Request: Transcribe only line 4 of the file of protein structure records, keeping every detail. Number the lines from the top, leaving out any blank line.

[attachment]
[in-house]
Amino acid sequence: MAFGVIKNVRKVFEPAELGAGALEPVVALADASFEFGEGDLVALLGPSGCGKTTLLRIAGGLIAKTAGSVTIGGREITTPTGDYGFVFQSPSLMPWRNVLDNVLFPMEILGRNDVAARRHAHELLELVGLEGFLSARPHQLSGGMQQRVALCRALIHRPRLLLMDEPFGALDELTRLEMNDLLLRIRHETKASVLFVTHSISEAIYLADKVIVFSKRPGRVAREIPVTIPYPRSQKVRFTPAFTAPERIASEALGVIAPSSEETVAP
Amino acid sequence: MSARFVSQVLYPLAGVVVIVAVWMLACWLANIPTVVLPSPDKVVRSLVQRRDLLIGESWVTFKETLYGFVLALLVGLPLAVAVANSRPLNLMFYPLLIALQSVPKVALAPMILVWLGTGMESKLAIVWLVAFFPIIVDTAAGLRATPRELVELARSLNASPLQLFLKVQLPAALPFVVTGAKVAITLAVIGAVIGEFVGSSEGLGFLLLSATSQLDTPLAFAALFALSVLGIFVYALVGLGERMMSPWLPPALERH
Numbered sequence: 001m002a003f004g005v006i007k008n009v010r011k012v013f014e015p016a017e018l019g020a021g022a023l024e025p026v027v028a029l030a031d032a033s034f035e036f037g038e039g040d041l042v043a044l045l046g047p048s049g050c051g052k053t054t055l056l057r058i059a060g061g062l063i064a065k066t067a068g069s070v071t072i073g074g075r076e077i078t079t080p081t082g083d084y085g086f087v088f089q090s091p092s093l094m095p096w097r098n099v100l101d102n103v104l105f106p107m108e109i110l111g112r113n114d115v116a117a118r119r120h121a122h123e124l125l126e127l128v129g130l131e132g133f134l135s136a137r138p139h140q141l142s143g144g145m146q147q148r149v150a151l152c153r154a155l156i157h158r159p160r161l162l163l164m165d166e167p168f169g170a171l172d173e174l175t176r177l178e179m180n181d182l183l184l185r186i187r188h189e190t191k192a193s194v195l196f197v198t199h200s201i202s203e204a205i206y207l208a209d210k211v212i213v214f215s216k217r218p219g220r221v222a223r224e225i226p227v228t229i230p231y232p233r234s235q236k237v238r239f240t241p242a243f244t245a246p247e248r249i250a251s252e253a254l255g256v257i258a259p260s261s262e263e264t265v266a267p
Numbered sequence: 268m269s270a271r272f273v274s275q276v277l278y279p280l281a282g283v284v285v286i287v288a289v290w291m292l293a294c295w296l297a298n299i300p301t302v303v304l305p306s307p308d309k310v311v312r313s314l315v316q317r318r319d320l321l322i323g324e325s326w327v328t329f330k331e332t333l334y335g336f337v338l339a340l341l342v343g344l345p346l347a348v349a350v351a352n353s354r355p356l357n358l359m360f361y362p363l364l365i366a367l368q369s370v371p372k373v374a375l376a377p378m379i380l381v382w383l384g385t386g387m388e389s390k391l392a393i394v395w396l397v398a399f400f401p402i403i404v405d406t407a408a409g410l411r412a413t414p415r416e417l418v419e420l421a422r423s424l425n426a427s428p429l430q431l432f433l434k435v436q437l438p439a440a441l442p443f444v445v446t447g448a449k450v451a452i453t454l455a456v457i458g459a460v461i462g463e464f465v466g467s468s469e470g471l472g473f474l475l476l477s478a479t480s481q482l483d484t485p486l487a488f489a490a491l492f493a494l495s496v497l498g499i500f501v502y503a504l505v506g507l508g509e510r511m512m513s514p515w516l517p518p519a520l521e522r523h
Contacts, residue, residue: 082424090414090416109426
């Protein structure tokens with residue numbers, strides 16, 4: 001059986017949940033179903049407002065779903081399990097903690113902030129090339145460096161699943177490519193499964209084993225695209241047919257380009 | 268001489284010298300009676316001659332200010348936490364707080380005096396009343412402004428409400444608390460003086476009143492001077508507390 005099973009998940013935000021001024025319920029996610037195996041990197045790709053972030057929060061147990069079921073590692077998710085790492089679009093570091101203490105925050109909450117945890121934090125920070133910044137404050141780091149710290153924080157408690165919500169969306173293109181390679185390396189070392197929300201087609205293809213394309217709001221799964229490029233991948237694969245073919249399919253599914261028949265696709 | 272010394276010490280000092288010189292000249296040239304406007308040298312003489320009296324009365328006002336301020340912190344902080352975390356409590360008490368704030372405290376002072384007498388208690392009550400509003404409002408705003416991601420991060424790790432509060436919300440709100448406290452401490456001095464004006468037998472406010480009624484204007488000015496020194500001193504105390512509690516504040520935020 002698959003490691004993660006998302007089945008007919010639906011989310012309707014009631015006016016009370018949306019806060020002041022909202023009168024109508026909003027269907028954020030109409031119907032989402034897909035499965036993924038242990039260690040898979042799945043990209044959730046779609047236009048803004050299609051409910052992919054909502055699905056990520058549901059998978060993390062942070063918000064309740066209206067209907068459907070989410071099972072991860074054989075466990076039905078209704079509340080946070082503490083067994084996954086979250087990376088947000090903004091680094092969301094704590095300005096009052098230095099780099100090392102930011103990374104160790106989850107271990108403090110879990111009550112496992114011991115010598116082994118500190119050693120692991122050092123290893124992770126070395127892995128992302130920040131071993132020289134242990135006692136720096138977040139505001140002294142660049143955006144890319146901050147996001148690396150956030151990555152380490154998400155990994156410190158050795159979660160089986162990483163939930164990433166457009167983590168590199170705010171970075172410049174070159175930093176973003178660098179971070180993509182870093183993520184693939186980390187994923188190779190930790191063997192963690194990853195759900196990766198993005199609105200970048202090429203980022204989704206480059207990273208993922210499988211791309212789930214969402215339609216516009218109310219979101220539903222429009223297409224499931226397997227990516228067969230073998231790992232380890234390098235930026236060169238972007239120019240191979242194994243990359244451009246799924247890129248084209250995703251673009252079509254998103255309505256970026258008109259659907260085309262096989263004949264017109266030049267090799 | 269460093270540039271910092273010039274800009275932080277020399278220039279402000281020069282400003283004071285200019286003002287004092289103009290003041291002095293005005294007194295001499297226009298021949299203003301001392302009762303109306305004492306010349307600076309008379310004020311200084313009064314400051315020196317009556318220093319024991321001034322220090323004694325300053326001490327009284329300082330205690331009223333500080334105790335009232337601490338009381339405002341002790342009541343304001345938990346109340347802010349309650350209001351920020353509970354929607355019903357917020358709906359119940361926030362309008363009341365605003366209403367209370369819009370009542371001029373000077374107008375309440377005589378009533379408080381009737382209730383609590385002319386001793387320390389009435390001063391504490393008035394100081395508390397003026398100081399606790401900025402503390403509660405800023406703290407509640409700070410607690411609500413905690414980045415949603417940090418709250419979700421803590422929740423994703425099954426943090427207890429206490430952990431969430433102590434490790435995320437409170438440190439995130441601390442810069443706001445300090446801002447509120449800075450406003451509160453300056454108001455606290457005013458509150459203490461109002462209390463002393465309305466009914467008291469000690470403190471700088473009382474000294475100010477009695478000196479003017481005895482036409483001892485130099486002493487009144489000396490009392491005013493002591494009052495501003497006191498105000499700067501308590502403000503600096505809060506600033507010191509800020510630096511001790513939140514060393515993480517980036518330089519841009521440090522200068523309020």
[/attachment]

Numbered sequence: 001m002a003f004g005v006i007k008n009v010r011k012v013f014e015p016a017e018l019g020a021g022a023l024e025p026v027v028a029l030a031d032a033s034f035e036f037g038e039g040d041l042v043a044l045l046g047p048s049g050c051g052k053t054t055l056l057r058i059a060g061g062l063i064a065k066t067a068g069s070v071t072i073g074g075r076e077i078t079t080p081t082g083d084y085g086f087v088f089q090s091p092s093l094m095p096w097r098n099v100l101d102n103v104l105f106p107m108e109i110l111g112r113n114d115v116a117a118r119r120h121a122h123e124l125l126e127l128v129g130l131e132g133f134l135s136a137r138p139h140q141l142s143g144g145m146q147q148r149v150a151l152c153r154a155l156i157h158r159p160r161l162l163l164m165d166e167p168f169g170a171l172d173e174l175t176r177l178e179m180n181d182l183l184l185r186i187r188h189e190t191k192a193s194v195l196f197v198t199h200s201i202s203e204a205i206y207l208a209d210k211v212i213v214f215s216k217r218p219g220r221v222a223r224e225i226p227v228t229i230p231y232p233r234s235q236k237v238r239f240t241p242a243f244t245a246p247e248r249i250a251s252e253a254l255g256v257i258a259p260s261s262e263e264t265v266a267p